This is all still pretty heteronormative. There’s an entire sequence where Chris stages an impromptu indoor beach party for his science geek dormmates, and he’s invited students from the local beauty school to join them. There are plenty of leering glances, scantily clad coeds and purposefully juvenile gags about sex. Even Mitch’s eventual love interest, the beguilingly quirky Jordan Cochran (a sublime Michelle Meyrink), has to loudly proclaim, “I’m not gay!” at one point, even if she is the most asexually androgynous lead female character this side of Joyce Hyser in Just One of the Guys (coincidentally also from 1985 and directed by a woman, Lisa Gottlieb).

But this film is frequently far more perceptively clever than I think Coolidge and company get credit for. Real Genius champions intelligence. It loves people who are different. It is accepting of “otherness” in ways that are continually a surprise. Sure, the plot at some point becomes all about stopping the United States military from placing a powerful laser in orbit for nefarious purposes, but it wouldn’t be a 1980s teen comedy if something inventively deranged like that weren’t going on.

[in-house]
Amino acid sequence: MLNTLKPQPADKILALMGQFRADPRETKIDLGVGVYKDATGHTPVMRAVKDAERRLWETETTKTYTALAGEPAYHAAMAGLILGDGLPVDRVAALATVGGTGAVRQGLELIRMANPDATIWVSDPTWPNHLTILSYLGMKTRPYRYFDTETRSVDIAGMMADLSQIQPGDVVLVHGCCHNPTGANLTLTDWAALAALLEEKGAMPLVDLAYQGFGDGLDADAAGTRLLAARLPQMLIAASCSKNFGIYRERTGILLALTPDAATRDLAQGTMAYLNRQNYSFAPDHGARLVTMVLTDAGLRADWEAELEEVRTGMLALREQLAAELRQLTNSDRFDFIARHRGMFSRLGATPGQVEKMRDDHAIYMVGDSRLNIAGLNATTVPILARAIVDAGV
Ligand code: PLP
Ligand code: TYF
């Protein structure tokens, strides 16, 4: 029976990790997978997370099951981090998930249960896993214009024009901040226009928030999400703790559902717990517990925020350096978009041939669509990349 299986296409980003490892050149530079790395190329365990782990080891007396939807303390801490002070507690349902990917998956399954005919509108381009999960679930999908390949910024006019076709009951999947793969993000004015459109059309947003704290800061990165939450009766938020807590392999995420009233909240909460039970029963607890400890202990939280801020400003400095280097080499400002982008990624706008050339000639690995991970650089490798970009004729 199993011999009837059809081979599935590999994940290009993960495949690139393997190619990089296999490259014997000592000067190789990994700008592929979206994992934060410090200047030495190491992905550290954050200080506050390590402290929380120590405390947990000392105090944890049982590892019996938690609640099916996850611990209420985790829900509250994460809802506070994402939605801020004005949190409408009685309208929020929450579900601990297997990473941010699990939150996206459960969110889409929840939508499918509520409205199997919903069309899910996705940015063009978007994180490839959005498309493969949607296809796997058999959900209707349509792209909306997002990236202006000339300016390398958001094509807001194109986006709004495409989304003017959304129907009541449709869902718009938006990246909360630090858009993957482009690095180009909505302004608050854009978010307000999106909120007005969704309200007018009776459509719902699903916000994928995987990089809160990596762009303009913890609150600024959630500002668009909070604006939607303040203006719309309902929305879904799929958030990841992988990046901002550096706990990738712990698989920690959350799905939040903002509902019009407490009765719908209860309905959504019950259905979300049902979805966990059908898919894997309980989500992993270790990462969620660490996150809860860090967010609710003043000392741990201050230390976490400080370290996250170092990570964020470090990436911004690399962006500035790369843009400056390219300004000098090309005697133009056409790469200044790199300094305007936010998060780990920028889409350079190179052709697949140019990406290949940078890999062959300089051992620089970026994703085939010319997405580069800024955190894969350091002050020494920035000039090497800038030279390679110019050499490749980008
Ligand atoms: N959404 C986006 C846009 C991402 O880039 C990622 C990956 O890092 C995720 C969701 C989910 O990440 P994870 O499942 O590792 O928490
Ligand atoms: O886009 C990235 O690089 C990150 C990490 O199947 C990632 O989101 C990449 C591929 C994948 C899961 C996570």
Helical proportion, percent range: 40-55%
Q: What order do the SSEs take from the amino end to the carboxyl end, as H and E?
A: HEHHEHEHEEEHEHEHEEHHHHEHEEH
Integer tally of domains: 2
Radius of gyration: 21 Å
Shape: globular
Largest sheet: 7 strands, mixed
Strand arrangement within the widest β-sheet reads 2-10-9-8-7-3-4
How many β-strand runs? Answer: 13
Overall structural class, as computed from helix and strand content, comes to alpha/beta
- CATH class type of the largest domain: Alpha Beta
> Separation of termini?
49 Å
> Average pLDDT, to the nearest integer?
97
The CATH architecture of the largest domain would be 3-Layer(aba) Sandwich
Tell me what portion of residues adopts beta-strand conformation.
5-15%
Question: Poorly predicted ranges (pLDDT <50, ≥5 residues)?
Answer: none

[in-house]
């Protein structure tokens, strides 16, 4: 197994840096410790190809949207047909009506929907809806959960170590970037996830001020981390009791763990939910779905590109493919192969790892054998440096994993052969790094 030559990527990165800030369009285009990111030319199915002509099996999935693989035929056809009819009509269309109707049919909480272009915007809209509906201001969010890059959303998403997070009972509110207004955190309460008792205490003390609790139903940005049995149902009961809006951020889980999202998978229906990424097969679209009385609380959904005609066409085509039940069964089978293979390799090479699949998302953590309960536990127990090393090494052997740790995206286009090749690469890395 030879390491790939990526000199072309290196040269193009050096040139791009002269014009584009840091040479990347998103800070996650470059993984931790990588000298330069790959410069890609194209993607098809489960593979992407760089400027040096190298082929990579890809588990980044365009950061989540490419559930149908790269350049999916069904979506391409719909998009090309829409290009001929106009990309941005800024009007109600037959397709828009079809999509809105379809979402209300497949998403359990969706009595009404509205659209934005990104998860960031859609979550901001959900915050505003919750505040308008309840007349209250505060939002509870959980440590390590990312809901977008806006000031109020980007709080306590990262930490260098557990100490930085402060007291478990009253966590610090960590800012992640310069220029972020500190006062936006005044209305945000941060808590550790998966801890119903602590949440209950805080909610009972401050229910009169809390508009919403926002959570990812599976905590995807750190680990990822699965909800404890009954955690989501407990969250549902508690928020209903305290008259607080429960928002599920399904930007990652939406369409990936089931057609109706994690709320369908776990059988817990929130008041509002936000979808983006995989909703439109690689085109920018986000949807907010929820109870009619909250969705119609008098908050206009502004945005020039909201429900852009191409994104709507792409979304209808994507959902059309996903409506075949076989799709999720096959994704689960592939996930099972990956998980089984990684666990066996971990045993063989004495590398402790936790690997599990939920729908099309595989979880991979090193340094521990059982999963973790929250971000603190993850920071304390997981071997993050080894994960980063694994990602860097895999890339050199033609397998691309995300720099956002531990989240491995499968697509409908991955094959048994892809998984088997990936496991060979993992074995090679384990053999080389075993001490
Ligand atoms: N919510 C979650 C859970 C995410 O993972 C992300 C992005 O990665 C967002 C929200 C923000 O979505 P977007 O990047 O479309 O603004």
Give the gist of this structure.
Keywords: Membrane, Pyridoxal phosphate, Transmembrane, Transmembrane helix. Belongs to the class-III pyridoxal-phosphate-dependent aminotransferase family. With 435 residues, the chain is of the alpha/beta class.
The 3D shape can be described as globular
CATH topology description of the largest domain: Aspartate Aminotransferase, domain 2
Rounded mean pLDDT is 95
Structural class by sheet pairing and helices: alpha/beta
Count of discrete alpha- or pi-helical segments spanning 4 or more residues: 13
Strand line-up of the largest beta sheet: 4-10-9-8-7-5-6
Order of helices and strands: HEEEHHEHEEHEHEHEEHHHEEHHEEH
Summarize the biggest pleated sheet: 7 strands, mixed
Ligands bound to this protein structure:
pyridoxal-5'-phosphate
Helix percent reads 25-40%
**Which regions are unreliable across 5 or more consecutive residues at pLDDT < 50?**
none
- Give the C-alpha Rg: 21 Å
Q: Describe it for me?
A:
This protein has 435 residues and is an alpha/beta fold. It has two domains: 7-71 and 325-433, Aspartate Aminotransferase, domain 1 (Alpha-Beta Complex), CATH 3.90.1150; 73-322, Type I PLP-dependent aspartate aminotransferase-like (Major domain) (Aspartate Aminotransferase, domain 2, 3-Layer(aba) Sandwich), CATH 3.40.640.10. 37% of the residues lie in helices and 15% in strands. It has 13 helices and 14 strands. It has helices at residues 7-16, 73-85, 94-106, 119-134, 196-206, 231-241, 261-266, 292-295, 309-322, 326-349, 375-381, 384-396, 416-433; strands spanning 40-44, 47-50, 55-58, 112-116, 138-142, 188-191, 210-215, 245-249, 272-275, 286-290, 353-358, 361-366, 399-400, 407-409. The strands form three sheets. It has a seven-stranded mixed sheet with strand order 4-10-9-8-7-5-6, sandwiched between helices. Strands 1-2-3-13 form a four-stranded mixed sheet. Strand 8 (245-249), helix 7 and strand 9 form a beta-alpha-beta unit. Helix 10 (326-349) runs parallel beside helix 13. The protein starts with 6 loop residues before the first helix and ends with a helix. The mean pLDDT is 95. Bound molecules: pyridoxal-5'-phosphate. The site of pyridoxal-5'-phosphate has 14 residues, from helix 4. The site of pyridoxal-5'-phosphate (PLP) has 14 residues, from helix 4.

It’s no wonder why my gender-questioning 12-year-old self fell instantly in love with this one. As Chris, Kilmer has rarely been more charismatically sexy, and both Mitch and Jordan are two sides of a very Trans-friendly coin. Coolidge crafted one of the more progressively insightful comedies I’ve ever seen, and the fact it’s held up so beautifully over three-plus decades is a testament to its exhilarating creative lunacy. Real Genius knows the science, but it also embraces the philosophy. How great is that?

Ruthless People (1986) | PHOTO: Touchstone Pictures

We’ve only got 200 films left on the list after this month’s reveal, but I think this will be the one entry in this series where several titles might come as a major shock to a lot of readers. The great thing is, films like Q, The Quatermass Xperiment, Revenge, Ruthless People, Scream, The Skin I Live In and Slumber Party Massacre II — yes, Slumber Party Massacre II; it deserves to be here, trust me — need to be revealed in October. As far as Halloween viewing is concerned, each one isn’t just appropriate, they’re downright essential.

The oldest title this month is a masterful curiosity from 1922, writer, producer, actress and director Alla Nazimova’s superb Salomé. Based on the play by Oscar Wilde, this is a wildly queer drama overflowing in visual ingenuity. Once feared lost, this bizarre, audaciously resourceful classic has a Blu-ray release from the folks at Kino Lorber that’s positively gorgeous.